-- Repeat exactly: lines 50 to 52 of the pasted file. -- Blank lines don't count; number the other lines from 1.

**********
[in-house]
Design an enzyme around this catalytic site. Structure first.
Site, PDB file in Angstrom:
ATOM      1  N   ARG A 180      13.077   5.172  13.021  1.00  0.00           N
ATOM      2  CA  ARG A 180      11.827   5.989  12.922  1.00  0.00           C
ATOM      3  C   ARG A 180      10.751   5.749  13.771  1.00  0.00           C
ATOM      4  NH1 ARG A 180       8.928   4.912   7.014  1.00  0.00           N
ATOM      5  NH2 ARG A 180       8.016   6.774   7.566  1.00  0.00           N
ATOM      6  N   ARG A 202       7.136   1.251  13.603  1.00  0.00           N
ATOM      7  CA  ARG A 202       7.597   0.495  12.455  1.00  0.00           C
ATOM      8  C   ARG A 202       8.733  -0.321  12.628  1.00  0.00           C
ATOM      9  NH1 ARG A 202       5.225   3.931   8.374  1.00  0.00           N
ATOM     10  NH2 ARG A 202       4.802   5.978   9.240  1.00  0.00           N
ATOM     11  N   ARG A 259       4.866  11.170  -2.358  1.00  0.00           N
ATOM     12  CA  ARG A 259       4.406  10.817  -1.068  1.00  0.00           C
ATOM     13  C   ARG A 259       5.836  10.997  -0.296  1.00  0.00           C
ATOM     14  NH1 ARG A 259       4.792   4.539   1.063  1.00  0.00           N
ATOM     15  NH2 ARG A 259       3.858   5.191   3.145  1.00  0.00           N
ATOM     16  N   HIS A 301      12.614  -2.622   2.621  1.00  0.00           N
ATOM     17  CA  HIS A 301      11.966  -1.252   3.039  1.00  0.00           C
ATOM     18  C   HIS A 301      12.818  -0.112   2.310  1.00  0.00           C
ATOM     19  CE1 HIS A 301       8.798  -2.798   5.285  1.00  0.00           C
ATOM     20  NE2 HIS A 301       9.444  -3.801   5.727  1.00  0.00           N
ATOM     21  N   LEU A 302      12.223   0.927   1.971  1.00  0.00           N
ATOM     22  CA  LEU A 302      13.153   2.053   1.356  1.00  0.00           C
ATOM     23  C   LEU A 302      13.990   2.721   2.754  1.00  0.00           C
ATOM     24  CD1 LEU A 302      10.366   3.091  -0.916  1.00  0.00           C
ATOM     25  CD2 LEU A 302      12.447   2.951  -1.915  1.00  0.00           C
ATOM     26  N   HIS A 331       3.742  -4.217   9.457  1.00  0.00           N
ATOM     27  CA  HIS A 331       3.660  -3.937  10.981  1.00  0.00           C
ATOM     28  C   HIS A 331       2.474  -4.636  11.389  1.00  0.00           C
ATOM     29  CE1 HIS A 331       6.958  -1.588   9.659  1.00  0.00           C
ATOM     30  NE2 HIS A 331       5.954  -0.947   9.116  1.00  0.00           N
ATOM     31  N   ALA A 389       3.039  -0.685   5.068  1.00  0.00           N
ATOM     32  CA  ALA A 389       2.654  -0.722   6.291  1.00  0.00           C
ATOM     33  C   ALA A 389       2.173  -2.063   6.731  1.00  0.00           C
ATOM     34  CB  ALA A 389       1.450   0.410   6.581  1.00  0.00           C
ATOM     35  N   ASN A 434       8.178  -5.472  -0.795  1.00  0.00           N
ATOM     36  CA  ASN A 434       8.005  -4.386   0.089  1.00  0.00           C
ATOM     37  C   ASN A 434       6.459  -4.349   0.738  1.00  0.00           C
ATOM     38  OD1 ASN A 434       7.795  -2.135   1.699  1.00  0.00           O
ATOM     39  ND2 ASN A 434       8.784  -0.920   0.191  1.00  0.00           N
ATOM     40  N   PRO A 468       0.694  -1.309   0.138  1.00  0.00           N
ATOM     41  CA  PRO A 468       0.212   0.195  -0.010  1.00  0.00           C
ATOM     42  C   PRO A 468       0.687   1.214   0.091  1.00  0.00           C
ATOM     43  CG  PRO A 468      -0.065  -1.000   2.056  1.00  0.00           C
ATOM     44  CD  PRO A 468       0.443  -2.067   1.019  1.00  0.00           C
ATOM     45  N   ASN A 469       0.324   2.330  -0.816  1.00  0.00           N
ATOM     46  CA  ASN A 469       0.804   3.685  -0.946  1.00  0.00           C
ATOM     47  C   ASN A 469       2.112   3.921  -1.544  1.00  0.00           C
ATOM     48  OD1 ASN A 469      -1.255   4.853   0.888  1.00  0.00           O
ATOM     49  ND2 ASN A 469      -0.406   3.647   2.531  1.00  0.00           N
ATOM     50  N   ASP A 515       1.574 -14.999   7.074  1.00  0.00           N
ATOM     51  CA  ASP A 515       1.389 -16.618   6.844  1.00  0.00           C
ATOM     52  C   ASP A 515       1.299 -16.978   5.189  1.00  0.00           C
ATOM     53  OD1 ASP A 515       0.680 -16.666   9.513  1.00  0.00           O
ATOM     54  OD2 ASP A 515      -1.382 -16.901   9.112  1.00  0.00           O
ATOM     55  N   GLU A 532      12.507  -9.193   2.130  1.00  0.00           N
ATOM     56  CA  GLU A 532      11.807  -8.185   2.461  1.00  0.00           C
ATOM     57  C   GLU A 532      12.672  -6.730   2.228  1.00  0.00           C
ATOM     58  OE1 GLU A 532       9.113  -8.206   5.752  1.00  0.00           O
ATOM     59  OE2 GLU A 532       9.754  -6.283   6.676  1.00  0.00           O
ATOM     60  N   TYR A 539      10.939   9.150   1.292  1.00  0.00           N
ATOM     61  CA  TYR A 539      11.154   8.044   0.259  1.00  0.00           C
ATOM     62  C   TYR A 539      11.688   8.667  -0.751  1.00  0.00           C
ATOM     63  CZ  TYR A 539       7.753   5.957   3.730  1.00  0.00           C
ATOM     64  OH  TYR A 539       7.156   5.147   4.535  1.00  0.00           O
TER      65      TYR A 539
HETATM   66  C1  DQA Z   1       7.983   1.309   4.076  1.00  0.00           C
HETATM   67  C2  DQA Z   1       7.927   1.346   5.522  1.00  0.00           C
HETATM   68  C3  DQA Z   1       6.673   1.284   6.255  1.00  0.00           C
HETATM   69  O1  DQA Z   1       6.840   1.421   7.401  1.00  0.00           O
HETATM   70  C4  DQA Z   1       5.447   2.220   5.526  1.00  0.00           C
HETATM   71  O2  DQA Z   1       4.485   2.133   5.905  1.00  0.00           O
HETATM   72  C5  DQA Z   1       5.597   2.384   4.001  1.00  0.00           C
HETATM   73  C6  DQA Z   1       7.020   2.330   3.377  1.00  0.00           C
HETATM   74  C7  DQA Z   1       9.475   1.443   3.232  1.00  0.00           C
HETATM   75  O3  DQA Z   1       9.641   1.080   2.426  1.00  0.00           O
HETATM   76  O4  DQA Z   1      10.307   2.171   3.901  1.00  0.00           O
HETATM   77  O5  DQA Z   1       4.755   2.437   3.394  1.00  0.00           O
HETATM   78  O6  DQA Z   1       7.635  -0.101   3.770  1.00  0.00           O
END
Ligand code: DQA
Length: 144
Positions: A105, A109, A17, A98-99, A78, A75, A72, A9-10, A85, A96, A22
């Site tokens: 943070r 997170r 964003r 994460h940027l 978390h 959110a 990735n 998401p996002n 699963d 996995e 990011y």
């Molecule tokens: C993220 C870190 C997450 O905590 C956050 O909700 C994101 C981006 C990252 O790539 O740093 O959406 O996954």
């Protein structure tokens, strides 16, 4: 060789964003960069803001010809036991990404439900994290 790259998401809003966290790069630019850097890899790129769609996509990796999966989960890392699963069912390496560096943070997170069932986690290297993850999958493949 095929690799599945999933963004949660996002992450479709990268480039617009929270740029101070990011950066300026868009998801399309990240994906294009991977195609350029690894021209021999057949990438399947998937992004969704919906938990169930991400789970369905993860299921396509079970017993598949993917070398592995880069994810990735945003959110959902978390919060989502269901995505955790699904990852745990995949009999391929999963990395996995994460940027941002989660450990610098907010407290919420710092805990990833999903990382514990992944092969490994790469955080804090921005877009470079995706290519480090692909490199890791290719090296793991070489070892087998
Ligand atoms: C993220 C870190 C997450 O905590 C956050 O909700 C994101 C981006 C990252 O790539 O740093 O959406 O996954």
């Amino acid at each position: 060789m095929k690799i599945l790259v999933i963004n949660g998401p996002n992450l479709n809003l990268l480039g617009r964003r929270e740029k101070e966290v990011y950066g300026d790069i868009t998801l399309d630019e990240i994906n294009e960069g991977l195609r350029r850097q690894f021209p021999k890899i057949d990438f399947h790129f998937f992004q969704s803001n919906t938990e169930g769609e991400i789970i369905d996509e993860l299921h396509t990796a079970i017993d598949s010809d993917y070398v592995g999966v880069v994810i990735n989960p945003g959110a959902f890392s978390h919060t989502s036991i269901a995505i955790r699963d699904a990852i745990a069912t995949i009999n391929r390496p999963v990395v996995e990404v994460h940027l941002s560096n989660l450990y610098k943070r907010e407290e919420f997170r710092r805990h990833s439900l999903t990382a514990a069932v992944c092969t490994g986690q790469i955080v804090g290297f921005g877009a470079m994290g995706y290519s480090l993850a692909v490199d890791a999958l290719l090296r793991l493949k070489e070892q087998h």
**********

ATOM     47  C   ASN A 469       2.112   3.921  -1.544  1.00  0.00           C
ATOM     48  OD1 ASN A 469      -1.255   4.853   0.888  1.00  0.00           O
ATOM     49  ND2 ASN A 469      -0.406   3.647   2.531  1.00  0.00           N